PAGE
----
The process of taking an initial idea to final design can be a long but fascinating journey. To bring life to Milky-Cow for the Broadway revival of Into the Woods (the animal was little more than a prop in the original production, but is being played by a live actor in the new version), costume designer Susan Hilferty created a wide-ranging series of sketches focusing on different aspects of the character before settling on the one that worked best with the production. Here she offers us a glimpse into such a process:
“All the initial goals with the cow were to find a level of humanness, and then to find a level of character,” she says. Sketches 1 and 2 show Milky-White as “clearly a cow, but dressed, where you're not seeing the body of the cow. This was trying to find the balance between what might become confusing: Is the expectation that she can sing if we see her mouth? Will it be too sad when the cow dies?
“What happens, then, if you take a girl and make it more cowlike, giving it a cow nose and ears [Sketch 3]? What was great about this was the suspension of disbelief: Would you believe it was a cow, even though it was just a little cow nose stuck on somebody's face? And then we started to play with the idea of what happens when you sensualize it even more, which brings us to what I call my lesbian cows [Sketch 4]. In all these, you knew it was an actor playing a role, which was something we never lost. Then we tried it personalized, but with a cow head and a cow body [Sketch 5]. These are all about, can you have a human with some of the accouterments of a cow, and can it be believable [Sketch 6]? Ultimately, the biggest question of this route is, is it magical enough? And is it scary for kids, or weird for kids? You have to worry about what might frighten them.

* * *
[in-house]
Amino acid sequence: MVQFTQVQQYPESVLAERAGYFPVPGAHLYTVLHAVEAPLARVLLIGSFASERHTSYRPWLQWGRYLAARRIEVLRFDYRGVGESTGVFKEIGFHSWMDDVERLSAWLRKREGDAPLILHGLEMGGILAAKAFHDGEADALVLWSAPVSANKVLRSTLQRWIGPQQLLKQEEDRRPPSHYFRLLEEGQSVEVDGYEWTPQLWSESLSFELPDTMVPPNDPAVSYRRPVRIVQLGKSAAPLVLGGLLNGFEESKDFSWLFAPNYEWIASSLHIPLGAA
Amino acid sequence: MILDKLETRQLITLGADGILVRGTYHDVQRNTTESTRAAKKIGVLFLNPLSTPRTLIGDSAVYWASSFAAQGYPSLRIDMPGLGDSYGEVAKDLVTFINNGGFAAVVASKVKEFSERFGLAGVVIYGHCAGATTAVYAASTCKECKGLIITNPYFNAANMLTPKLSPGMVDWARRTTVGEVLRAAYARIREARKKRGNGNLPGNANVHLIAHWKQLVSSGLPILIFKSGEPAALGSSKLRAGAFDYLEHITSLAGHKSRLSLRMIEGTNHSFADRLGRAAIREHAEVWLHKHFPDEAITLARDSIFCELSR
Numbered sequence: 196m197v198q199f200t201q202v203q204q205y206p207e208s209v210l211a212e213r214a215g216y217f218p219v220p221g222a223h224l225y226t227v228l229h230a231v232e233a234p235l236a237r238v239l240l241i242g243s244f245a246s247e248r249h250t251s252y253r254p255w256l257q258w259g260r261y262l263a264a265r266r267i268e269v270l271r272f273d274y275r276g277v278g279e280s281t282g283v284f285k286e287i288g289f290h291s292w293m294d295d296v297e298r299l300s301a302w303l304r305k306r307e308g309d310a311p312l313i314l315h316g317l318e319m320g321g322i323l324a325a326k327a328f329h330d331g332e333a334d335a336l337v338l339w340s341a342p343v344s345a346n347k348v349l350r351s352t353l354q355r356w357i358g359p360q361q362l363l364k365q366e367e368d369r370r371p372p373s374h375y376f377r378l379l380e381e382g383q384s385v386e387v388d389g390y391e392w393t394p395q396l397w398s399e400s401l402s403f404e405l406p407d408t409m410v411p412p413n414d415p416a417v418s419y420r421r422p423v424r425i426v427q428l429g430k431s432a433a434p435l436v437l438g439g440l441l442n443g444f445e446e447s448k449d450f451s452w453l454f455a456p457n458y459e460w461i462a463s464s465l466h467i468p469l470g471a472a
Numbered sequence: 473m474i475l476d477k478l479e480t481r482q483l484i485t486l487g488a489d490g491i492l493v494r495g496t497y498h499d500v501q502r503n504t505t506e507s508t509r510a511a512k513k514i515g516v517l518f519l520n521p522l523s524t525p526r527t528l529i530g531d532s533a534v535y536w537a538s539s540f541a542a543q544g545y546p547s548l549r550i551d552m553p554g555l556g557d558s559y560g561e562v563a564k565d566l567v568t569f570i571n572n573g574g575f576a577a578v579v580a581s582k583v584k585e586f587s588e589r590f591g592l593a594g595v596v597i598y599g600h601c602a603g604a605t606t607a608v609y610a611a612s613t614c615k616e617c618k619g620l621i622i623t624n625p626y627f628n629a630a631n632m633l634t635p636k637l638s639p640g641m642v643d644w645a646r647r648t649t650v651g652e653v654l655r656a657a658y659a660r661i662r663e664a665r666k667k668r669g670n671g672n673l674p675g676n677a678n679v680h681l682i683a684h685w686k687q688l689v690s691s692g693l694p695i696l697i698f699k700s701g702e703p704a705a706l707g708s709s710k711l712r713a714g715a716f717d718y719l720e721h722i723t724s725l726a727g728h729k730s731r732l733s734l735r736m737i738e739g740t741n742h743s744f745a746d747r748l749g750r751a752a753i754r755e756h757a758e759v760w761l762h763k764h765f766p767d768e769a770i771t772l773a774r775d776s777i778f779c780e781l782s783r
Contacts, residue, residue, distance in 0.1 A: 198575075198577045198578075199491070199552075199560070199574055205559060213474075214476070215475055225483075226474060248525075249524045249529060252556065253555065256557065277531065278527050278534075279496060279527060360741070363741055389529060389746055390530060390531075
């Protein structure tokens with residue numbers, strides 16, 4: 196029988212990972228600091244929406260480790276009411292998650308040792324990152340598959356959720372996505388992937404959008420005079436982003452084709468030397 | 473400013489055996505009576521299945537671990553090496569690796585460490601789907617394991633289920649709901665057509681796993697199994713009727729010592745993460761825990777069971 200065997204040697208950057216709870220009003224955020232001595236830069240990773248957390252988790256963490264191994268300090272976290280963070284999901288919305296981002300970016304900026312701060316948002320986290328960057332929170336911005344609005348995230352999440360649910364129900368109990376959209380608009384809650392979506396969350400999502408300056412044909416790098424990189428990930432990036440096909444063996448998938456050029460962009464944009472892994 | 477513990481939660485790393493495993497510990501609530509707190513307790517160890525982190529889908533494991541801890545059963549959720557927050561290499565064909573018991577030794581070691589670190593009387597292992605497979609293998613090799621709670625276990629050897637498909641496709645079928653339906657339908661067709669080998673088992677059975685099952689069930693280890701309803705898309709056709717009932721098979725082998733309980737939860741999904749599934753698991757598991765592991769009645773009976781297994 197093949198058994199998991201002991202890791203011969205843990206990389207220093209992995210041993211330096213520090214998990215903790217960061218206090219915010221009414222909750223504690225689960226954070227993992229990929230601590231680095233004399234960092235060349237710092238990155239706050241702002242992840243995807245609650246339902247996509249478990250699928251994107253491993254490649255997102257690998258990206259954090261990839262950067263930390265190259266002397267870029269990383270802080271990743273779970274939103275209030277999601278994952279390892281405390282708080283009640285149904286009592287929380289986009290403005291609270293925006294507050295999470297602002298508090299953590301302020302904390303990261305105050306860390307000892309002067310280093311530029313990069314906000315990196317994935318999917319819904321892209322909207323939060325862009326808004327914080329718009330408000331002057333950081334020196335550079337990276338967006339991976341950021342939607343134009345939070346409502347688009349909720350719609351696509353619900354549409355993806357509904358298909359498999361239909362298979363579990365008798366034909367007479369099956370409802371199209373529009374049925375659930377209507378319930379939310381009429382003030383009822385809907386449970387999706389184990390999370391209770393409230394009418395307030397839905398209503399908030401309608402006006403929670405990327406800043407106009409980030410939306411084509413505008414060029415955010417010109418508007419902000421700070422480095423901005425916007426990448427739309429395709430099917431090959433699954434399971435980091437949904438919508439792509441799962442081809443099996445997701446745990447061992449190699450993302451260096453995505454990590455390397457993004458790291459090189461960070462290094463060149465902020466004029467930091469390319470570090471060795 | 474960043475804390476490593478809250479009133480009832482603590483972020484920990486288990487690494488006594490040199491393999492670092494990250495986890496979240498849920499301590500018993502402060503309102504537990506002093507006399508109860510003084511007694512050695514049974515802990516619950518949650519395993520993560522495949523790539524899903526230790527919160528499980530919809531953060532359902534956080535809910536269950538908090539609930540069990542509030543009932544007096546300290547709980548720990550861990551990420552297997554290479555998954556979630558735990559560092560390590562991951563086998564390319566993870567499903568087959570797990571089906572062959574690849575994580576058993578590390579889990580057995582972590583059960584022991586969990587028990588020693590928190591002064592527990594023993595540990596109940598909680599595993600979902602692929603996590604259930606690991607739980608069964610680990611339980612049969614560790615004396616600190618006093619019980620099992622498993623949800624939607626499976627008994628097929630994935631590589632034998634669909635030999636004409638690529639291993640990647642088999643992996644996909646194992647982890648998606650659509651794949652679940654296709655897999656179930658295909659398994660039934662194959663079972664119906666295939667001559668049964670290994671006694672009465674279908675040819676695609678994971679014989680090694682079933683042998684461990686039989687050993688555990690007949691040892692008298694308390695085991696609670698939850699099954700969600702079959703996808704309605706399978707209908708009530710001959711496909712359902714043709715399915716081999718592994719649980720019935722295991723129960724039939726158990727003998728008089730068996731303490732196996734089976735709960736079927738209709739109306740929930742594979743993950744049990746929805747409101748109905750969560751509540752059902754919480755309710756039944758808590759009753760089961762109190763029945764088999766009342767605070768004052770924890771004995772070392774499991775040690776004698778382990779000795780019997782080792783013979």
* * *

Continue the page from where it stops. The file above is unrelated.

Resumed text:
“Then we had to say, wait, this is all getting too complicated. Let's just talk about making a cow. When we started talking about how the cow was going to move, and the relationship of the cow to the whole piece, that's what broke it — something that was physical, something that you knew there was a human inside it. And from there, we focused on the personality. I played with the idea of not making it too realistic, like a stuffed animal, that kind of simplicity [Sketches 7 and 8]. It became important that the head was low, because that made it sadder and sweeter. And that's ultimately where you get to the final sketch, using humanness in the face, and the eyes, which have nothing to do with a cow. I knew this was the one.”